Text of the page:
“Lessons Learned During Covid-19
As the world copes with Covid-19, the way many people view the world has changed, me included. Thankfully, my family and I have been extremely fortunate, being able to both stay home and work and afford basic amenities. As we shelter in place, reading the news, we hear of millions who have had their entire lives disrupted by this pandemic. Although the coronavirus has not directly affected me, it has completely changed my view of some aspects of life . Growing up, I have been extremely lucky, living in a safe environment, never having to worry about money, having access to one of the best schools in the state, and having close friends. However, because of the pandemic and the economic recession, I have learned that one never knows what life is going to throw his or her way and that without self-discipline and a certain amount of competitiveness, it is nearly impossible to succeed.
The Covid-19 pandemic has caused my view of stability to change. I am extremely blessed , having never experienced any health problems, wars, or loss of my basic rights. As a result, my life has been quite stable. However, because of the current pandemic, I have realized that life is not as stable as I used to think. For example, in January 2020, as I prepared to celebrate Chinese New Year with my family, a virus came almost out of nowhere, spreading like a wildfire. Then as my family prepared for quarantine, my father, a patent lawyer, told me that his workstream had slowed down drastically. When he told me this, I thought, “What terrible timing.” Covid-19 has taught me that no one can really anticipate what will happen to him or her in the future.
During quarantine, my view on self-discipline has also changed. I have always understood that self-discipline is important, but this outbreak has led me to develop a deeper appreciation of its importance. Now that I am taking classes remotely, I have many distractions. Although school has been shortened to two to three hours, I am often even “busier” than ever. I often find myself going to sleep at one in the morning and occasionally missing assignments. I have discovered that when there are a lot of distractions in my environment, instead of trying harder to ignore them, I often become even more distracted. As someone who is not the most disciplined, remote learning has been a challenge. It has been difficult to resist watching a video or getting a snack during class. But now that I understand that the only way for me to prepare for unprecedented events is by working hard in school, self-discipline has become more important to me. In order to lessen the effects of my lack of self-discipline, I have started taking extracurricular courses online both to become more prepared for high school and to help me ignore unhelpful distractions. I have also begun to remove distractions from my workspace and to replace them with items that can improve my efficiency.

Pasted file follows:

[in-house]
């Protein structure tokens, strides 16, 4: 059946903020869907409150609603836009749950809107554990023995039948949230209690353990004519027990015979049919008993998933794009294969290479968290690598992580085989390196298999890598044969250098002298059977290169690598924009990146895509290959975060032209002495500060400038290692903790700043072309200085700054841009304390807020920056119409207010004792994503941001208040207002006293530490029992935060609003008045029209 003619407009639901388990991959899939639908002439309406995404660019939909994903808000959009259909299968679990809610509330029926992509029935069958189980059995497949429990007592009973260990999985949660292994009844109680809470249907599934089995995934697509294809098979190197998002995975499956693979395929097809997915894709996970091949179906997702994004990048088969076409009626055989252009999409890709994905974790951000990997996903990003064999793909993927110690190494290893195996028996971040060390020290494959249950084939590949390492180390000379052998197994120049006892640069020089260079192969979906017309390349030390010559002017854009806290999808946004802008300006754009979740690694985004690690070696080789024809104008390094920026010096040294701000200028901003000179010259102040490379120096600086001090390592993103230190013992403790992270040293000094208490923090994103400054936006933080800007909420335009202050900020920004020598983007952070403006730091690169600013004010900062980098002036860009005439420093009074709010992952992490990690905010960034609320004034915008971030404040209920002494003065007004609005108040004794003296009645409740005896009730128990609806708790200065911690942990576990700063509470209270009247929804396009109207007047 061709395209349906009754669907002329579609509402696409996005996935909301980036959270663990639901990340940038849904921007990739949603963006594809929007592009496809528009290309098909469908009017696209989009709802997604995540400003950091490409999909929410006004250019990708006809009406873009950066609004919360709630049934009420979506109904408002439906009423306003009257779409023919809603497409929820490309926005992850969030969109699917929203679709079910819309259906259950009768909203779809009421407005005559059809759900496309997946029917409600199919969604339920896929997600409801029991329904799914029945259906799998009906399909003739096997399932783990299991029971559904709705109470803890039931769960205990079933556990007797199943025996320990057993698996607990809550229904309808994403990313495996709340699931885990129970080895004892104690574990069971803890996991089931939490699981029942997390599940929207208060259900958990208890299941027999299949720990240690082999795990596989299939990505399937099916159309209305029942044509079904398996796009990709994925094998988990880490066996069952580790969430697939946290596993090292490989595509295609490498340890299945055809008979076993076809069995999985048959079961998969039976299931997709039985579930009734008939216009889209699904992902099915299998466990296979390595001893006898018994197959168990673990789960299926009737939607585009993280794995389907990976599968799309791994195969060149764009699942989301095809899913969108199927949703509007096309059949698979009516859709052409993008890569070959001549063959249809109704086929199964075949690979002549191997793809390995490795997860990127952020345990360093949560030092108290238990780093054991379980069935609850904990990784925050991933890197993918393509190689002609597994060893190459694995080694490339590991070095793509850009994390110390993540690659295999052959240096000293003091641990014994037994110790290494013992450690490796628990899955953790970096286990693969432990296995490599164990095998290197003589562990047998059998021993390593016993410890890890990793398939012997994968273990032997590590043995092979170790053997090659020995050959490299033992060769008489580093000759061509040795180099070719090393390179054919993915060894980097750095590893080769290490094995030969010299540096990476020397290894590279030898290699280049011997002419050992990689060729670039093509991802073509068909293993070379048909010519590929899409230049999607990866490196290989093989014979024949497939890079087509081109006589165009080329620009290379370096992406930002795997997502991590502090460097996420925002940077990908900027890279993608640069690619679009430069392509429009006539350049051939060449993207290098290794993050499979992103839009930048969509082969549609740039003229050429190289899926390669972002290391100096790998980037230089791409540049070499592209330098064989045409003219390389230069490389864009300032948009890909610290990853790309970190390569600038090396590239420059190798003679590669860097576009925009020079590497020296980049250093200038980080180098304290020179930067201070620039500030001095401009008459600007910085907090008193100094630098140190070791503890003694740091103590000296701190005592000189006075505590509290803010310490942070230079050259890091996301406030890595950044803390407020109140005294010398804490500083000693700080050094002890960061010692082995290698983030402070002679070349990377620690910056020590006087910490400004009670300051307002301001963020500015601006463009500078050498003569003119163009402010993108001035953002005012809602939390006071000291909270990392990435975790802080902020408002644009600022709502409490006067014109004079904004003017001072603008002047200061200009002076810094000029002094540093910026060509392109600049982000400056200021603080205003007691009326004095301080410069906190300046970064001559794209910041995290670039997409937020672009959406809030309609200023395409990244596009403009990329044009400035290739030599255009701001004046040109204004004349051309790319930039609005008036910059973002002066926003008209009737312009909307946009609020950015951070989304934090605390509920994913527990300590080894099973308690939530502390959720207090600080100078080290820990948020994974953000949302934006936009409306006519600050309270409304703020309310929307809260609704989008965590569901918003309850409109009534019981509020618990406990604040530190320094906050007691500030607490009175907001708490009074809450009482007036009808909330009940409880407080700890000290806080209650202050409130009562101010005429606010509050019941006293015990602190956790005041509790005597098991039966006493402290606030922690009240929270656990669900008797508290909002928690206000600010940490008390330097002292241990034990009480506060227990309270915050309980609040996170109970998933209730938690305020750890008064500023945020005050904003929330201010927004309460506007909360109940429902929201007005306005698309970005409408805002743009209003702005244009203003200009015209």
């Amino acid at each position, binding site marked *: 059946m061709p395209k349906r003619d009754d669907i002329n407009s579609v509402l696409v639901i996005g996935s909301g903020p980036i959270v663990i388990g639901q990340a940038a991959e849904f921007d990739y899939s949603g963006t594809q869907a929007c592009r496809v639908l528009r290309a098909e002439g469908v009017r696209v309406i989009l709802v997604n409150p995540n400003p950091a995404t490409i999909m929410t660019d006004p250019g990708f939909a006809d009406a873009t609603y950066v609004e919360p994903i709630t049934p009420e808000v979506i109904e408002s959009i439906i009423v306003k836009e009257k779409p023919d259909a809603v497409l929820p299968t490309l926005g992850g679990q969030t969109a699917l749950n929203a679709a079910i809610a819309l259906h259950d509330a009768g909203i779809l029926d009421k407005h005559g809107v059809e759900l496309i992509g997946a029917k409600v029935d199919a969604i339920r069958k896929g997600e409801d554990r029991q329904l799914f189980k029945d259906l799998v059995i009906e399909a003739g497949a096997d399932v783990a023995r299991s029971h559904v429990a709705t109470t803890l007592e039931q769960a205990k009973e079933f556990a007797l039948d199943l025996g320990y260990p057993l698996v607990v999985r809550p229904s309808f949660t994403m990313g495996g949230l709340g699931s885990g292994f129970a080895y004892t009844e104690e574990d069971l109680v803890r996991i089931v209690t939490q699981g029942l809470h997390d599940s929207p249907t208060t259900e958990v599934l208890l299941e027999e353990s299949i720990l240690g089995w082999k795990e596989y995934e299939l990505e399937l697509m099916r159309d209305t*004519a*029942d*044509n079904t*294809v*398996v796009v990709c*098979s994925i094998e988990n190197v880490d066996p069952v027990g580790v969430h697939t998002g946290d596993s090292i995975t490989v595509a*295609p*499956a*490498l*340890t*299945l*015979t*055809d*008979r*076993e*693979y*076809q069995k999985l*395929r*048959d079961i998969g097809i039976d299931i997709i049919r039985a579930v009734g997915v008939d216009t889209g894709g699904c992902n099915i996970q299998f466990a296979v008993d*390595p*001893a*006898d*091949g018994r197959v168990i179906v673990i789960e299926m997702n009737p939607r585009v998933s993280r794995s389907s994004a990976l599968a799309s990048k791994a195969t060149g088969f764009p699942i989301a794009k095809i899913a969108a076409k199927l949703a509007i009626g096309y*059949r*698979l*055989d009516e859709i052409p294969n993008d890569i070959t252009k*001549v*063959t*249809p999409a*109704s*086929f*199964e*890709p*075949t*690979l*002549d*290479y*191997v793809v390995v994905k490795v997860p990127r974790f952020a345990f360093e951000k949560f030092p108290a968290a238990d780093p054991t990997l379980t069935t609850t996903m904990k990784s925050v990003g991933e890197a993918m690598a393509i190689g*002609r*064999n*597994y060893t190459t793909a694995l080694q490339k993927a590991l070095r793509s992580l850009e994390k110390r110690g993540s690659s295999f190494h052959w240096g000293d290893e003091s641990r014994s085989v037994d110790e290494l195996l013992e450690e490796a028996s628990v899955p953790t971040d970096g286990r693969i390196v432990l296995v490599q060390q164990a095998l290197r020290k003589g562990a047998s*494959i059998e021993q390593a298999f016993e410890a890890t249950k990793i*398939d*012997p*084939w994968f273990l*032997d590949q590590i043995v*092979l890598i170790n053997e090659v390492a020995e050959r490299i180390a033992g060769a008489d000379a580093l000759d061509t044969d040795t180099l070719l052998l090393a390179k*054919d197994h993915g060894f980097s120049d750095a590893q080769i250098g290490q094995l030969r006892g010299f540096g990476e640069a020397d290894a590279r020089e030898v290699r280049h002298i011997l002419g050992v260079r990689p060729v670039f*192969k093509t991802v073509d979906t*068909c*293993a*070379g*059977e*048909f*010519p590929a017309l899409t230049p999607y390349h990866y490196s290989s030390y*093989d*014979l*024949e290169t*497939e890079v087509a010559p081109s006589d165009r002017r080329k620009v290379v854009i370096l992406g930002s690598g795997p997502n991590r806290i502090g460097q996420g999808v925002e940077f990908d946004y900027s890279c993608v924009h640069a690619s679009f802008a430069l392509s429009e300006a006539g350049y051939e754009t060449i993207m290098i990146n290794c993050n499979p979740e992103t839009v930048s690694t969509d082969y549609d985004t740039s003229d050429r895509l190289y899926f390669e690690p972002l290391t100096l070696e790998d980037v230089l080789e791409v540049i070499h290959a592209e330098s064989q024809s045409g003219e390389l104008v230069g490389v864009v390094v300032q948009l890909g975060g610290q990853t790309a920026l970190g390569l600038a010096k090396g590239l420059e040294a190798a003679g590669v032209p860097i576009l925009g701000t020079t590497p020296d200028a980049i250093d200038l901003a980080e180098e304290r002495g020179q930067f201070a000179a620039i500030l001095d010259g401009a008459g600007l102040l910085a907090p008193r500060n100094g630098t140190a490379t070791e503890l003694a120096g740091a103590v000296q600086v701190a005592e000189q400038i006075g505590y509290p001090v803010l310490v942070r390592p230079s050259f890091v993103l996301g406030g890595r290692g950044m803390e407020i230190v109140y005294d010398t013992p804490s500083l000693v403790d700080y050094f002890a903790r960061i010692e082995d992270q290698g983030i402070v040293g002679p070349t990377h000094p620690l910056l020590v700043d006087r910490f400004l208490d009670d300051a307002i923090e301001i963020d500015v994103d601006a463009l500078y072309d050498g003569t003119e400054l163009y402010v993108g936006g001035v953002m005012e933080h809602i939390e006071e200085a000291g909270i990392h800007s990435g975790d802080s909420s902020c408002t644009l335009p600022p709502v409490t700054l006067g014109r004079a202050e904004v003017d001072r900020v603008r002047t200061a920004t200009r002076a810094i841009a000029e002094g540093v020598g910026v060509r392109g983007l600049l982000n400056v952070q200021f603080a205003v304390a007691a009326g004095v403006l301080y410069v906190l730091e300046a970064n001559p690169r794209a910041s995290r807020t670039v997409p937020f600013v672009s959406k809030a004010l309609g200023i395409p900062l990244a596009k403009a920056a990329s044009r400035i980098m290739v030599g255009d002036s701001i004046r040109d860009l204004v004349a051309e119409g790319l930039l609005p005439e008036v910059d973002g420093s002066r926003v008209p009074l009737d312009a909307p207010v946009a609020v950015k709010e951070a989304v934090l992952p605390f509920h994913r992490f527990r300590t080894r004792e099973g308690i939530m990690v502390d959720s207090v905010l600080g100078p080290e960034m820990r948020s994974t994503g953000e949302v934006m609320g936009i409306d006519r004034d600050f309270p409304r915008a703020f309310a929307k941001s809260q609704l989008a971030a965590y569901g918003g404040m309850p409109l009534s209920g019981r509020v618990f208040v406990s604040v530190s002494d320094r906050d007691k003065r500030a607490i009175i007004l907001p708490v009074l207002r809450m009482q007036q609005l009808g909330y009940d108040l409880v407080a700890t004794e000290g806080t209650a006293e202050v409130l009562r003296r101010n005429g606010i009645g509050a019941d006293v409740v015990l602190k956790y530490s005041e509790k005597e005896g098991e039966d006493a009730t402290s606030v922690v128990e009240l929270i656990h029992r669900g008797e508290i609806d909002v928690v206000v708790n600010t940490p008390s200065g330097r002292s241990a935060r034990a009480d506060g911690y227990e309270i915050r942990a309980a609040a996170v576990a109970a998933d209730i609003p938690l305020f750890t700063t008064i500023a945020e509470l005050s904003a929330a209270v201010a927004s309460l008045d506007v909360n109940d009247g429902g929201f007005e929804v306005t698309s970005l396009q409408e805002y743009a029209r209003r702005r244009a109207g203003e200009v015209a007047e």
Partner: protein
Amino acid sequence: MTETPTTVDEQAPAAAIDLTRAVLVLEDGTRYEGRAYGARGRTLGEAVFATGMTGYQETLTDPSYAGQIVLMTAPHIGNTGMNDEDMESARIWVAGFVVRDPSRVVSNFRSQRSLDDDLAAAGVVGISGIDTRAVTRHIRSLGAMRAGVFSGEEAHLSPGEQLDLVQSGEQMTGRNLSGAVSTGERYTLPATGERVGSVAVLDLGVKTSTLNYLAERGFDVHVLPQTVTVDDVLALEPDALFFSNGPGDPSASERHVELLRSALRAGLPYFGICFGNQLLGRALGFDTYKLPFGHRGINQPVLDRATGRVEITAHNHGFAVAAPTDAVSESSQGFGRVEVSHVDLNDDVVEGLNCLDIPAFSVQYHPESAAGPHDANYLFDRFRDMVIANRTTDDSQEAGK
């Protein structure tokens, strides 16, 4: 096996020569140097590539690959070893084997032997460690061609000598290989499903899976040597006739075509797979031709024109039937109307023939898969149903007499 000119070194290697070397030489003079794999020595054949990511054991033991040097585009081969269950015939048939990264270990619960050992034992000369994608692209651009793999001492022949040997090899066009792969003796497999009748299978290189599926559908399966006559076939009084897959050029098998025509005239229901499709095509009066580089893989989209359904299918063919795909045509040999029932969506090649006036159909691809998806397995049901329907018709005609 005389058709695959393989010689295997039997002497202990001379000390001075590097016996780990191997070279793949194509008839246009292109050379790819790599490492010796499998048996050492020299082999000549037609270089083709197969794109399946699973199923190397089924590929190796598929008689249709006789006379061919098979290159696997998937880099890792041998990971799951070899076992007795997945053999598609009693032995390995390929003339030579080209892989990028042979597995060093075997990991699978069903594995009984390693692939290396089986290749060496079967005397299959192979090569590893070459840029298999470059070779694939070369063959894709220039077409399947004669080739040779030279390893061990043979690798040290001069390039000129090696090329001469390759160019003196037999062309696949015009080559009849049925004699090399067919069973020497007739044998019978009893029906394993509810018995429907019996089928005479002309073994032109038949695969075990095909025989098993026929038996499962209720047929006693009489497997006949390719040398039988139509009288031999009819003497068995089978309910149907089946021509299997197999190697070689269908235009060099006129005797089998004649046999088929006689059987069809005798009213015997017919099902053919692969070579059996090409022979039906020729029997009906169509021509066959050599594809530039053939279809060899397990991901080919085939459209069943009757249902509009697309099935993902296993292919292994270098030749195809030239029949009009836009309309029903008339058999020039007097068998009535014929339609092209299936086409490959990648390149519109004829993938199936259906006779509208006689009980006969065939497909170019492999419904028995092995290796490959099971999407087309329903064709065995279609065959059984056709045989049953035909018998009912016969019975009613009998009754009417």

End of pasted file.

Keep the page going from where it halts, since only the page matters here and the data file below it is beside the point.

Also because of the ongoing pandemic, I have learned the importance of being competitive. Long before the pandemic struck, my dad had tried to teach me that it is very difficult to achieve anything without a competitive spirit. On one occasion, I remember being scolded by my father after a sixth-grade recreational basketball game for being “too passive” and “giving the ball to the other team.” I realize that I lack competitiveness. My entire life, I have been passive and easygoing. In soccer, I would follow the ball but never make contact. In basketball, I would jump but not reach for the ball. Even now, the sport I play, volleyball, is relatively less aggressive than soccer or basketball, yet I still play the setter position, which requires the least aggression. Recently, as my father started searching for more stable jobs, I realized that although there are coveted openings across the nation, the chance of securing one is not high because there are many other applicants competing for the same openings. As a child, a competitive spirit would have helped me win a weekly sixth-grade recreational basketball match, but as an adult, a competitive spirit will be able to help me secure a coveted job, something much more important than a township basketball match.
Although this global pandemic has presented us with many unprecedented challenges and difficulties, it, on the other hand, has also taught me a few very valuable lessons: that life is not as stable as I’d like to think and that to better cope with future unforeseen challenges, I must equip myself with self-discipline and a spirit of competitiveness.”
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